Years ago, I officiated at a funeral for a deceased military service member. This man was Methodist by denominational affiliation. However, he was married to a Japanese woman and had lived outside the United States for many years. On the day of the funeral, I found myself at a Japanese crematorium along with a military honor guard and several Buddhist priests. This memorial service turned out to be a multi-faith event “,i.e., in this case an affirmation of this man’s affiliation with both Christianity and Buddhism.

Today, we find ourselves living in an ever-increasing pluralistic, varied religious landscape. There are areas in our major cities where you will find churches, synagogues, mosques, meditation centers, meeting houses, etc.

Families now can include members who are Christian, Jewish, Muslim, Buddhist, Mormon ( LDS ) Unitarian-Universalist, Quaker and can include the growing category of Nones (i.e. those who are not affiliated with any religion).

According to a recent article published in Scientific American:

“ In 2015, the Pew Research Center poll reported that 34 to 36 percent of millennials (those born after 1980) are nones. This was a dramatic increase from 2007 when only 16 percent of Americans said they were affiliated with no religion. In raw numbers, this translates to an increase from 36.8 million to 55.8 million nones. Though lagging far behind the 71 percent of Americans who identified as Christian in the Pew Poll, they are still a significant voting block, far larger than Jews ( 4.7 million ), Muslims ( 2.2 million) and Buddhists ( 1.7 million ) combined ( 8.6 million )and comparable to powerful Christians sects such as Evangelical ( 25.4 percent ) and Catholic ( 20.8 percent ). The Number of Americans with No Religious Affiliation Is Rising ……/the-number-of-americans-with-no-religious-affilliation.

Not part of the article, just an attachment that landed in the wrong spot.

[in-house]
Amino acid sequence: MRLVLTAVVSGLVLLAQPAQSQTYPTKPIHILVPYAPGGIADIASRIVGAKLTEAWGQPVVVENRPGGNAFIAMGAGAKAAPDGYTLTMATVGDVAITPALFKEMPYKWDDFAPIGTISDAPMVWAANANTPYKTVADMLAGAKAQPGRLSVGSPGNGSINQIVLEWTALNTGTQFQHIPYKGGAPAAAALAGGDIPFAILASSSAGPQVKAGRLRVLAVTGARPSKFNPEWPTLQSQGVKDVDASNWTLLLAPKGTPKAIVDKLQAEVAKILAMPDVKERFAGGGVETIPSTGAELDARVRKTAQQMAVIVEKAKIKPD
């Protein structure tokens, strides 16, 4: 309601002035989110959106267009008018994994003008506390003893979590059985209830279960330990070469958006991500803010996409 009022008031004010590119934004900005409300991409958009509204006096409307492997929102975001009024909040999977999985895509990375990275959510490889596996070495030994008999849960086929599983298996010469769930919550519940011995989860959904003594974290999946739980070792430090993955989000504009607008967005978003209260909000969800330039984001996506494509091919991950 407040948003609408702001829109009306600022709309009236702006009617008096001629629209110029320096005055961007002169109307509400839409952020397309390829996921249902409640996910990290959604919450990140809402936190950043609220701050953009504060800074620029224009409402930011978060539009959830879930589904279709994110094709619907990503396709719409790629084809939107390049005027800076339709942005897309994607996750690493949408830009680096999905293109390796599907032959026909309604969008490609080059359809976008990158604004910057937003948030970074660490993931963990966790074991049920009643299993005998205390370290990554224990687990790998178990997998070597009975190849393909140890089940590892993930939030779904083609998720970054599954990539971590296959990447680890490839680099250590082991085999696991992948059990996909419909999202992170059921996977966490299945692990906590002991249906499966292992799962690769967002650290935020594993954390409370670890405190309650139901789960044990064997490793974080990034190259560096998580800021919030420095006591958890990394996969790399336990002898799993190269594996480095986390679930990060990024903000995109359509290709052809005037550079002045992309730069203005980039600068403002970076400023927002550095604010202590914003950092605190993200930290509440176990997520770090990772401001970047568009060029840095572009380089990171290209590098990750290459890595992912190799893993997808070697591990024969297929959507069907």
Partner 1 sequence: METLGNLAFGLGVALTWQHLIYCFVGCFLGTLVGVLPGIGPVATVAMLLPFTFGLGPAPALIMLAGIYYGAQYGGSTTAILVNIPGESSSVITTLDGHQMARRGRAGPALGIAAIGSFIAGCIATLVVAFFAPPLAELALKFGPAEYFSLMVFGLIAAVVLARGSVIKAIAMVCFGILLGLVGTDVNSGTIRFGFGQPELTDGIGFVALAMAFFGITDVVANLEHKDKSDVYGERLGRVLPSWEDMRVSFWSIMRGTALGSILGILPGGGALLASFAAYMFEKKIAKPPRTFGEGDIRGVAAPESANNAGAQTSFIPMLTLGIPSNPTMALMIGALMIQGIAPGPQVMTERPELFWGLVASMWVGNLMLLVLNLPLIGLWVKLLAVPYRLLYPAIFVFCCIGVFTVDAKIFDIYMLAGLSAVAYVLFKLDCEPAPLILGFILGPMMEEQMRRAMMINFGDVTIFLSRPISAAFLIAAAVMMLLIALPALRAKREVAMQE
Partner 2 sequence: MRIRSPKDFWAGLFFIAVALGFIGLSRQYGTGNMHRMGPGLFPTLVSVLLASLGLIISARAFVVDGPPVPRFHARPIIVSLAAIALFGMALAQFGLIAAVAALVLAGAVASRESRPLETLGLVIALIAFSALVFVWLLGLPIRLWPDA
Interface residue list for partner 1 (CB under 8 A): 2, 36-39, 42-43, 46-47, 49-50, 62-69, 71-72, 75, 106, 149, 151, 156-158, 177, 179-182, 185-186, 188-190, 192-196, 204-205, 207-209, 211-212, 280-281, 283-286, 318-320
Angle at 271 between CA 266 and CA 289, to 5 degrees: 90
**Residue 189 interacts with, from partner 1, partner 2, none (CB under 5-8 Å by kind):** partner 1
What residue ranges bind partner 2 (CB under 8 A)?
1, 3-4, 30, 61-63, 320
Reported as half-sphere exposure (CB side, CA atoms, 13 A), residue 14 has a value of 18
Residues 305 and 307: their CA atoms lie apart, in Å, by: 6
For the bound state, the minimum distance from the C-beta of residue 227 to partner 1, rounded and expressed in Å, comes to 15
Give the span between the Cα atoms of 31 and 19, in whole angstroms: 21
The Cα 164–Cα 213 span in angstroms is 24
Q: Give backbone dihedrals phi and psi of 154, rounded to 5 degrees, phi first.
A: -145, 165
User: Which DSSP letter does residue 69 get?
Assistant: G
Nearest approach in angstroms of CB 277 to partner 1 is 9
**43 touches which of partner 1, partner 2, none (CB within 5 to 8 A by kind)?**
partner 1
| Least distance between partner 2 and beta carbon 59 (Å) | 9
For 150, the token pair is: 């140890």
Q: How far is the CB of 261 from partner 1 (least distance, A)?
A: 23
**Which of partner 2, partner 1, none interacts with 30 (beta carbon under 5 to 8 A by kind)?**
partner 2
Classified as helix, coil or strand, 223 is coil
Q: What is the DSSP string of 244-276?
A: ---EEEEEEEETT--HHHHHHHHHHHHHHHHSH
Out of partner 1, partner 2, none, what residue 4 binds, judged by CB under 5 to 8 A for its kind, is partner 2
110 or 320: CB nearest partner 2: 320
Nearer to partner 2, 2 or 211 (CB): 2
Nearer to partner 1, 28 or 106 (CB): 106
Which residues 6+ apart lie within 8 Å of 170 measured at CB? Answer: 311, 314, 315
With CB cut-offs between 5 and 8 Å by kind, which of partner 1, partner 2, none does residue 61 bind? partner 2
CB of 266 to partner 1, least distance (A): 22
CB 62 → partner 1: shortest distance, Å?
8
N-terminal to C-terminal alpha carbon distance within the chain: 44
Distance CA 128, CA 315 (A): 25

Given the diversity now visible in American religious life, what might a common ground spirituality look like ?

Diana Butler Bass in her book “ Grounded: Finding God In The World Of Spiritual Revolution “ writes:

“ All the world’s great faiths place compassion at the center of human life, an ideal that comes from the very being and character of faith, wisdom or God. The Buddha taught that nirvana could be achieved by meditating on loving-kindness, compassion, sympathetic joy, and fair- mindedness, the four qualities of unconditional love. In the Hebrew Bible, God is both gracious and compassionate, willing to both forgive and stand with wayward humankind. The biblical word for “compassion “ is derived from the Hebrew rechem, which means “ womb “, clearly likening the practice of feeling with others to the relationship between mother and child, while implying that all human relationships should be governed by the warmth of kinship. ‘ ( P. 258 )

More and more, different communities of faith, believers and non-believers are working together to address concerns of poverty, hunger, social and environmental injustice. Perhaps, the living out of one’s religious convictions can be witnessed by how the poor and the voiceless are treated.

Jesus said

‘Truly I tell you, whatever you did for one of the least of these brothers and sisters of mine, you did for me “ ( Matthew 25; 40 )

Maybe, the truth reveals “ that the least of these “ is all of us.

Maybe, the good news is that all of us can further know compassion in our lives and experience the transformation of our lives through the presence of God or the divine, however known.

May it be so.